Anyhoozles, after losing her husband to the cult's machinations, reporter Chloe Pierce decides to investigate Astrid and dismantle her cult. But what if the weird demons and interdimensional beings Astrid preaches about to her followers AREN'T made up? What if they're real? And really dangerous? Really, really dangerous. Oh, but just because Astrid is right, it doesn't mean that she isn't a monster.
Simone's writing is both funny and scary, and Davis-Hunt's artwork communicates gore and grit incredibly well. His "acting" is also really good, and each character's emotions – even the subtle ones – can be read from his faces. And from his unholy Lovecraftian monsters.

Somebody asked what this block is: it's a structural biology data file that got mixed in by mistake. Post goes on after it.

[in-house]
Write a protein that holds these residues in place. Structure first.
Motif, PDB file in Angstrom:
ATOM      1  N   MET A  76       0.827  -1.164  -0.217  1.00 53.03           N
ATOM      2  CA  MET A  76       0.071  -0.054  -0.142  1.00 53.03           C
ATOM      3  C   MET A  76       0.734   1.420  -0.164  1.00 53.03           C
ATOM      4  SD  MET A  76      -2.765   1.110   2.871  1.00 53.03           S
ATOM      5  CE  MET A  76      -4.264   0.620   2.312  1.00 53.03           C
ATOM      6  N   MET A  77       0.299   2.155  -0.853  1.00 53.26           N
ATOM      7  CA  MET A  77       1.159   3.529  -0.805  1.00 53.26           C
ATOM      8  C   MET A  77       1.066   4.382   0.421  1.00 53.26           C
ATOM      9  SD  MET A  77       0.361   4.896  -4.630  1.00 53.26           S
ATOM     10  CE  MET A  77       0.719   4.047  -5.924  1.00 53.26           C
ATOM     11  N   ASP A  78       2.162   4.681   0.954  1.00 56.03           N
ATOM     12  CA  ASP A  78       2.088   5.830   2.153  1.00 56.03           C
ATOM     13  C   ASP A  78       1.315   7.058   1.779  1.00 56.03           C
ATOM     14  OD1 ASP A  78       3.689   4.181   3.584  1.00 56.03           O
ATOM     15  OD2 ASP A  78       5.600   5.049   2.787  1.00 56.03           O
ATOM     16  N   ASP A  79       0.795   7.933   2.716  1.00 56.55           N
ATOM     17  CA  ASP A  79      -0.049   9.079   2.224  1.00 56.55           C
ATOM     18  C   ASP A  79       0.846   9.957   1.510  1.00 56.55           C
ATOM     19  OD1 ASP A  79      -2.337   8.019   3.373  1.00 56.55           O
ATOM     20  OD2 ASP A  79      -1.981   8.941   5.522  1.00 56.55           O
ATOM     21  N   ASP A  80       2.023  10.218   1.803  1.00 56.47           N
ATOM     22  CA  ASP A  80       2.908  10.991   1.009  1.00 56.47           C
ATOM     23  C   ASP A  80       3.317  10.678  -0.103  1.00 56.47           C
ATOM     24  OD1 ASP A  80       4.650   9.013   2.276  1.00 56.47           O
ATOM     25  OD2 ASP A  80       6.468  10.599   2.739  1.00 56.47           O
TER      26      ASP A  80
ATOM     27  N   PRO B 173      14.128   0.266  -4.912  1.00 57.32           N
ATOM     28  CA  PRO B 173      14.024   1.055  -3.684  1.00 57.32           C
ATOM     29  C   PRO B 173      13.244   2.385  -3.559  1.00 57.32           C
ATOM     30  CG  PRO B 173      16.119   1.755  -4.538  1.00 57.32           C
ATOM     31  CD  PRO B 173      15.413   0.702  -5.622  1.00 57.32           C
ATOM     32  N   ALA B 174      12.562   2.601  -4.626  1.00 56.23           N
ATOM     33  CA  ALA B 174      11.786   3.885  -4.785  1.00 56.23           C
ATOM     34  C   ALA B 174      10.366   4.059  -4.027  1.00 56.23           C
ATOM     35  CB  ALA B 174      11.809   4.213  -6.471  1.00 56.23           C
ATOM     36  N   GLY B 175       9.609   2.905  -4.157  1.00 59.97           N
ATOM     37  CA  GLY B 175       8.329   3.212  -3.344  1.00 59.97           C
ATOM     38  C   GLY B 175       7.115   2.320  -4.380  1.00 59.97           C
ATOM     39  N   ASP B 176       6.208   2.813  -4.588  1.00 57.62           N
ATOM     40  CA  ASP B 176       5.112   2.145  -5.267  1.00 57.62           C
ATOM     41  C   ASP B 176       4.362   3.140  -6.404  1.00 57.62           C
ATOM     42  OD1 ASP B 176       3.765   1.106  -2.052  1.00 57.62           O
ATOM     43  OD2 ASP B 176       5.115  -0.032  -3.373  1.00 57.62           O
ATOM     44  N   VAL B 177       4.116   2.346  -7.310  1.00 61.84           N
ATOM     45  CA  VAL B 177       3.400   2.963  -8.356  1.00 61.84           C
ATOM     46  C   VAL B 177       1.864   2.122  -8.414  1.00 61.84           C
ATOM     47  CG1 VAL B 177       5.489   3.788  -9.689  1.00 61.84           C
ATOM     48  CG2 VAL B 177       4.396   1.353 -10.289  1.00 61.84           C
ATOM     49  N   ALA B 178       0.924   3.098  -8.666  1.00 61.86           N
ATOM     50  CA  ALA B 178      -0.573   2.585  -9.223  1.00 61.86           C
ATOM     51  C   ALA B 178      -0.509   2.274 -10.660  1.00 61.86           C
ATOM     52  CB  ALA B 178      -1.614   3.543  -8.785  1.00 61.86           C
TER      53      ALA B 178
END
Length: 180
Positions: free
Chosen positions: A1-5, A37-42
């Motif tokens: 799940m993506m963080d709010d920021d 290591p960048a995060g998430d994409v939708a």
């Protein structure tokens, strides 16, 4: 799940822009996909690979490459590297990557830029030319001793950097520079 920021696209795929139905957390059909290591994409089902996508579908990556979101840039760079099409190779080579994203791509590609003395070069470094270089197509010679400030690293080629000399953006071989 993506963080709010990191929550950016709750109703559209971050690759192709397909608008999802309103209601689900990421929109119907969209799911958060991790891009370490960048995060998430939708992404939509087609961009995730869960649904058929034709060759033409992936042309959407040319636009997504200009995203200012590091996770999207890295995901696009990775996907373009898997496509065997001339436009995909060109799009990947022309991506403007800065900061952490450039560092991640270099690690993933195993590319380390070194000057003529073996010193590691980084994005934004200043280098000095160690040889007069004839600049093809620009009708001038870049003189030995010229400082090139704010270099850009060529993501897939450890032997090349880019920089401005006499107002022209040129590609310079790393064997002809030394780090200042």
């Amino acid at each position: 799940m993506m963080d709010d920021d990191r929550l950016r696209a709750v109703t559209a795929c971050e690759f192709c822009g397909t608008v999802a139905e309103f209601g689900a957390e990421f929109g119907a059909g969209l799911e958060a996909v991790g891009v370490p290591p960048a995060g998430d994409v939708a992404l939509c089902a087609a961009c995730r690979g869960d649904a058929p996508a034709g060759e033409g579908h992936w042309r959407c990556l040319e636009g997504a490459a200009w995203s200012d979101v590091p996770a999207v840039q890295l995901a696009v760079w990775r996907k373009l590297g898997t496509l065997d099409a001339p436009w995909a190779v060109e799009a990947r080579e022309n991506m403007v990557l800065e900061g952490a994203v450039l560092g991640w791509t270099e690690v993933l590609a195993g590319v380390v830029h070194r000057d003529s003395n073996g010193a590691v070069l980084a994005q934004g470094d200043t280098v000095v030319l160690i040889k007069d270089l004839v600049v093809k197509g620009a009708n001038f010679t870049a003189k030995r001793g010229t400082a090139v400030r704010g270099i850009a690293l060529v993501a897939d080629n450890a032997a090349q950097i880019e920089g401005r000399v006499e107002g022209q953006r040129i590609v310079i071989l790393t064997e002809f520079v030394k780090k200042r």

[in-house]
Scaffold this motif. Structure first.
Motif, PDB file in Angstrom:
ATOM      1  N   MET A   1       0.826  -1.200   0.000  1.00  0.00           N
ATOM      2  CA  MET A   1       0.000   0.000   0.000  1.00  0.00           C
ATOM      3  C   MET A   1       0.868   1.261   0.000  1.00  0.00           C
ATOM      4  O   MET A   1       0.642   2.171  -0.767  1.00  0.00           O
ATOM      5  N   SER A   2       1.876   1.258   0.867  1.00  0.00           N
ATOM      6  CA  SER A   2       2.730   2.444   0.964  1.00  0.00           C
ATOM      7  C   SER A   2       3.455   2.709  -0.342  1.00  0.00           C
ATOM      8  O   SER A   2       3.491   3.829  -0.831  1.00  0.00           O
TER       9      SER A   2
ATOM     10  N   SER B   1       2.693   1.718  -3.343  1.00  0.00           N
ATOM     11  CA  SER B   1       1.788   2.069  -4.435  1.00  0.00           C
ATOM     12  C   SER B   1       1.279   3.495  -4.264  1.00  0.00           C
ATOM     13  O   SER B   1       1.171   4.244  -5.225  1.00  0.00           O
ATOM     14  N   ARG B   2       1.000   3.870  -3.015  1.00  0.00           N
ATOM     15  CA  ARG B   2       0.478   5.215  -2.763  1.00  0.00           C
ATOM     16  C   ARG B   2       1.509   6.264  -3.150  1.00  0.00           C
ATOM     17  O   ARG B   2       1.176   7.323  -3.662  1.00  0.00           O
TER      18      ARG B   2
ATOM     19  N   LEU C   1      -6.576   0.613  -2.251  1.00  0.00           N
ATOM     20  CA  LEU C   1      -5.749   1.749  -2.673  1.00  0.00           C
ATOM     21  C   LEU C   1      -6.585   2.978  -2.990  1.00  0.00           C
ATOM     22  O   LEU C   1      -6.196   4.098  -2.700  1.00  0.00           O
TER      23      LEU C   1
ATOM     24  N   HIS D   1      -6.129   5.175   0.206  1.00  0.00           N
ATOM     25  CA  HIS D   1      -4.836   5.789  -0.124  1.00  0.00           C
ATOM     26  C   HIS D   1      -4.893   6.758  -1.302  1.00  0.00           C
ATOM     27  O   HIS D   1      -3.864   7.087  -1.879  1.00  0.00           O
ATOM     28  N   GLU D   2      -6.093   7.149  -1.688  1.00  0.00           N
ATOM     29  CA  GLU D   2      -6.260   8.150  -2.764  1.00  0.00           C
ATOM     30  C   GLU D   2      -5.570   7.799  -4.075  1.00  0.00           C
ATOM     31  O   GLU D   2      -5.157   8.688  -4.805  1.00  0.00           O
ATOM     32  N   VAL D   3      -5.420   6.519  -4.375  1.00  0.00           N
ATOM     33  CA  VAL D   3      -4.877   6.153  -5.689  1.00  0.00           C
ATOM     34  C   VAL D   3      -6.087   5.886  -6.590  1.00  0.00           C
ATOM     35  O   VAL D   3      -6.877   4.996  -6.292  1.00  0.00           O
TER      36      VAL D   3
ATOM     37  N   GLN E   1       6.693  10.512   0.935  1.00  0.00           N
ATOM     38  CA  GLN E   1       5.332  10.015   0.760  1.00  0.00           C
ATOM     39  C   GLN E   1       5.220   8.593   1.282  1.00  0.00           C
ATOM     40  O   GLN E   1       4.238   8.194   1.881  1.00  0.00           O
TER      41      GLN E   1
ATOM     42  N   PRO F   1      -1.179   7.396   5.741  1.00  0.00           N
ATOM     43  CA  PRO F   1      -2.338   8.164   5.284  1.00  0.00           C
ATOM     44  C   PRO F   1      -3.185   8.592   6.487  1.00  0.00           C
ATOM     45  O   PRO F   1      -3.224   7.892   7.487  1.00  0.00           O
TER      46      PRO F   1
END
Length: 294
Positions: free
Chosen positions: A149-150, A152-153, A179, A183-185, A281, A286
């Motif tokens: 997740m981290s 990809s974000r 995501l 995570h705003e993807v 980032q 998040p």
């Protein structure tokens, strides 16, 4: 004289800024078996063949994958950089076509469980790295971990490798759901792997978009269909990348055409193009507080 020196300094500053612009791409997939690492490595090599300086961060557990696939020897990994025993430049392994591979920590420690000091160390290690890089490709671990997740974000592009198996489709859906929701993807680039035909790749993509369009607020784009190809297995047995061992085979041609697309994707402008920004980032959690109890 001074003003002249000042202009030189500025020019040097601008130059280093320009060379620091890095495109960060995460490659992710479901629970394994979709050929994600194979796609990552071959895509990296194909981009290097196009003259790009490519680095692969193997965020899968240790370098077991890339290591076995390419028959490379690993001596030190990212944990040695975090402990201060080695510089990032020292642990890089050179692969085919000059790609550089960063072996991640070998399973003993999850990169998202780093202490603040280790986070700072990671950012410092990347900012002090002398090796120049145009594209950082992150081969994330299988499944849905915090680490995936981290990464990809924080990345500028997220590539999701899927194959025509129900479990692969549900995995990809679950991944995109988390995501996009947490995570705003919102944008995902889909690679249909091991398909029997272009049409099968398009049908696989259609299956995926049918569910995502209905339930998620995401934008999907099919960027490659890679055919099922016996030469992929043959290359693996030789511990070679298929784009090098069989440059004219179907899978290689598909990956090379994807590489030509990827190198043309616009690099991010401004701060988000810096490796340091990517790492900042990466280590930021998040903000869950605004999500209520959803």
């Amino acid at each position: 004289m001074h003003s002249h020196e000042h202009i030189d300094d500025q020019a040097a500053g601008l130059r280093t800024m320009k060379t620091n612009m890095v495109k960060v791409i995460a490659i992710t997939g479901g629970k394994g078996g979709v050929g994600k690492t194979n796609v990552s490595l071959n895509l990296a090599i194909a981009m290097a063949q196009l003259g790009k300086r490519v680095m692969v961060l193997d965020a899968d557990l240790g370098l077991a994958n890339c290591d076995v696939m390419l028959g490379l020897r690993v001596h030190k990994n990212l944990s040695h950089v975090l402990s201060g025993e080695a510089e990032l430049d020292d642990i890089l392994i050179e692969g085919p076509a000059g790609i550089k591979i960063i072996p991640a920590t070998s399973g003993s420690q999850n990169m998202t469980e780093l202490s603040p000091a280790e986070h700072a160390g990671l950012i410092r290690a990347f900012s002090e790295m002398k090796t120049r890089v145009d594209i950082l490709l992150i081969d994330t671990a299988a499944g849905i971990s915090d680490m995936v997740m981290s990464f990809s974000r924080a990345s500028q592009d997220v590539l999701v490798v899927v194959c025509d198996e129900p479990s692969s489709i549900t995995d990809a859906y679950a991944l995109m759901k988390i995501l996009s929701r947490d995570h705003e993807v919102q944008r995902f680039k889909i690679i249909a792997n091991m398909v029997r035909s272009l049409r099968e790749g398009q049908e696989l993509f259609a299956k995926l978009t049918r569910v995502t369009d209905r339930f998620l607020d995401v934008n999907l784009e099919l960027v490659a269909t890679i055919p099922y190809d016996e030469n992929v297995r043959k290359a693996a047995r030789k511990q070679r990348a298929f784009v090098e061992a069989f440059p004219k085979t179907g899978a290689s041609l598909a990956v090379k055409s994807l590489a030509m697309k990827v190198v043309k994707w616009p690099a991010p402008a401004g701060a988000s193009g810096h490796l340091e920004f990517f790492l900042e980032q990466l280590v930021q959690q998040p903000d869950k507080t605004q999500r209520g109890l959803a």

7. The Haunt of Fear
Oh, come on, this wouldn't be a Halloween comics list without an EC title. And considering that this was the most recent one I’d read, I figured it'd make a great pick. Plus, we already did Tales From the Crypt.
Haunt of Fear is a similar magazine. It's an anthology series of short horror stories with no connectivity other than their format. Most EC tales run as follows: There’s some jerk you’re supposed to hate. He does something atrocious that makes you hate him more. Then his action comes back to bite him, and he dies horribly and ironically.
Although my favorite story is different. In this tale, we see Bill Gaines and Al Feldstein in their offices at EC comics, trying to figure out which comic genre to do next. Gaines suggests horror, but Feldstein nay-says. Later, a hooded figure stalks them on the street, and they flee into the sewer. There, they come face to face with the Vault Keeper and the Crypt Keeper, who"¦make them sign contracts so they can publish a comic book about them. And isn't that the spookiest thing of all?